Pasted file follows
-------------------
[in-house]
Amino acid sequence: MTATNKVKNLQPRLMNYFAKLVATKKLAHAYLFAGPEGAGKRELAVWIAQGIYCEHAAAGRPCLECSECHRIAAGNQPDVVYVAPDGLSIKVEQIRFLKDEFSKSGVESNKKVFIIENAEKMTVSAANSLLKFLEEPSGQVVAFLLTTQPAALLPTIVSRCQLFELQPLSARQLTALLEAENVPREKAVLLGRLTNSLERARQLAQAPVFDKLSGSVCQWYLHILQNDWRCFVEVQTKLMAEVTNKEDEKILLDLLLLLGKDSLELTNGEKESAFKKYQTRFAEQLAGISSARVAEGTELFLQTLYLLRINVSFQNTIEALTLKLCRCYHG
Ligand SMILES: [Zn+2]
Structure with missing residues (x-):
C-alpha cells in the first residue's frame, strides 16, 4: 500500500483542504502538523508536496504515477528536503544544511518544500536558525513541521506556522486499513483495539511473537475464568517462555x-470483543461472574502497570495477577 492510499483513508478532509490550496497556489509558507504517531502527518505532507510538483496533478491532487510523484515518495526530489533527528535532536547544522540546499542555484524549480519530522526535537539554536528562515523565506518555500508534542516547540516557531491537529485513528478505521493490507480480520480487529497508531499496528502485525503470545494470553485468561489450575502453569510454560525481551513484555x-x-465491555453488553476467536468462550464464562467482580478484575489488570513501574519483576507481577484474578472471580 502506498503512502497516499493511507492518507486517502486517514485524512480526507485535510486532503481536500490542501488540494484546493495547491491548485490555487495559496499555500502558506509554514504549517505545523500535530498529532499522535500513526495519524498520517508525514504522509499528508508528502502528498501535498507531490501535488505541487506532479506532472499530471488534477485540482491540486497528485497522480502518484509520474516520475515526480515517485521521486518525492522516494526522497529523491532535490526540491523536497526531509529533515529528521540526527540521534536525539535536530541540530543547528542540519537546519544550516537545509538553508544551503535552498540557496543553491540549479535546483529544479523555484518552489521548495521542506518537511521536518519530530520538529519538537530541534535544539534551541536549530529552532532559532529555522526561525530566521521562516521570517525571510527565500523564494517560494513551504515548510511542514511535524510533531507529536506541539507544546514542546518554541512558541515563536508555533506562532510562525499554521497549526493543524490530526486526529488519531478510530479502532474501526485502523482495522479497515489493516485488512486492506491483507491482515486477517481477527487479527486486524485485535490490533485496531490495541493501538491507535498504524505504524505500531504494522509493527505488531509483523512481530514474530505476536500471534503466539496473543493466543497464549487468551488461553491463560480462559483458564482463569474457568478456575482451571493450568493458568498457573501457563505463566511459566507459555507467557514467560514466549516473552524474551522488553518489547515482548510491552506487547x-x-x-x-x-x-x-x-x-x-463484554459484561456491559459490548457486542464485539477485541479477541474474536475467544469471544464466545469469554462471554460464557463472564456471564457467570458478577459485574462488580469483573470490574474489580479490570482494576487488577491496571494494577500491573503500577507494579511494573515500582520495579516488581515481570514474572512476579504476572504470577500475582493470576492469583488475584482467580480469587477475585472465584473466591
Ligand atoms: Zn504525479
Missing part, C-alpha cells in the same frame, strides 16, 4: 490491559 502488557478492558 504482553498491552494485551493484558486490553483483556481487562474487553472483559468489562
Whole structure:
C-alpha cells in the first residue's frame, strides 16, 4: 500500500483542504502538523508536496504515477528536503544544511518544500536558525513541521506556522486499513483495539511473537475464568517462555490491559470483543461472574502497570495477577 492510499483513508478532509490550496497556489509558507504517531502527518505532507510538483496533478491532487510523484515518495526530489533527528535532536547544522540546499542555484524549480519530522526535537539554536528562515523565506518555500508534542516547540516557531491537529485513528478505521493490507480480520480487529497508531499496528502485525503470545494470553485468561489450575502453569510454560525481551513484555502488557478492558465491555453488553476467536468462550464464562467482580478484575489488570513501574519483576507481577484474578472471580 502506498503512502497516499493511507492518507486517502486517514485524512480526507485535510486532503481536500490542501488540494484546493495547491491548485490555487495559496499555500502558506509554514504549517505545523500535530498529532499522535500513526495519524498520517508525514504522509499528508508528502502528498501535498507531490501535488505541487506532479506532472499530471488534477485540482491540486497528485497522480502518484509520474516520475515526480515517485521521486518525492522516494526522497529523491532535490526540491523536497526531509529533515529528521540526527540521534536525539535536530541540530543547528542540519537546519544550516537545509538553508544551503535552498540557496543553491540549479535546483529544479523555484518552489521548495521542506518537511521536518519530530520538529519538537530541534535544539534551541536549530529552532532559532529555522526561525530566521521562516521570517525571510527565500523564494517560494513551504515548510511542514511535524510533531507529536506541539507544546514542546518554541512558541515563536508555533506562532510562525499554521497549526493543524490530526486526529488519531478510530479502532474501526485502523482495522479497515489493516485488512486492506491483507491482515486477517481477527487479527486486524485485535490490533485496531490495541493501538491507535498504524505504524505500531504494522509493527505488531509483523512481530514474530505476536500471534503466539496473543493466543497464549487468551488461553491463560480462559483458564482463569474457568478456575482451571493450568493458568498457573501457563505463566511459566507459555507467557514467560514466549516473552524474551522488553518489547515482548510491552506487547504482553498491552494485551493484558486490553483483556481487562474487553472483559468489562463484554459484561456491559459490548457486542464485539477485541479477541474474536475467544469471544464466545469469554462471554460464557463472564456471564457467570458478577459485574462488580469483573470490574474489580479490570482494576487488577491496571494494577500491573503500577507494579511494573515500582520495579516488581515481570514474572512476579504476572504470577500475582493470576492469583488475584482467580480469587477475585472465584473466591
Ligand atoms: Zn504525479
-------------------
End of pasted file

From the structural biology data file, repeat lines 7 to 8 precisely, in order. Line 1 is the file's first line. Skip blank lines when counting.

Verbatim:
Missing part, C-alpha cells in the same frame, strides 16, 4: 490491559 502488557478492558 504482553498491552494485551493484558486490553483483556481487562474487553472483559468489562
Whole structure: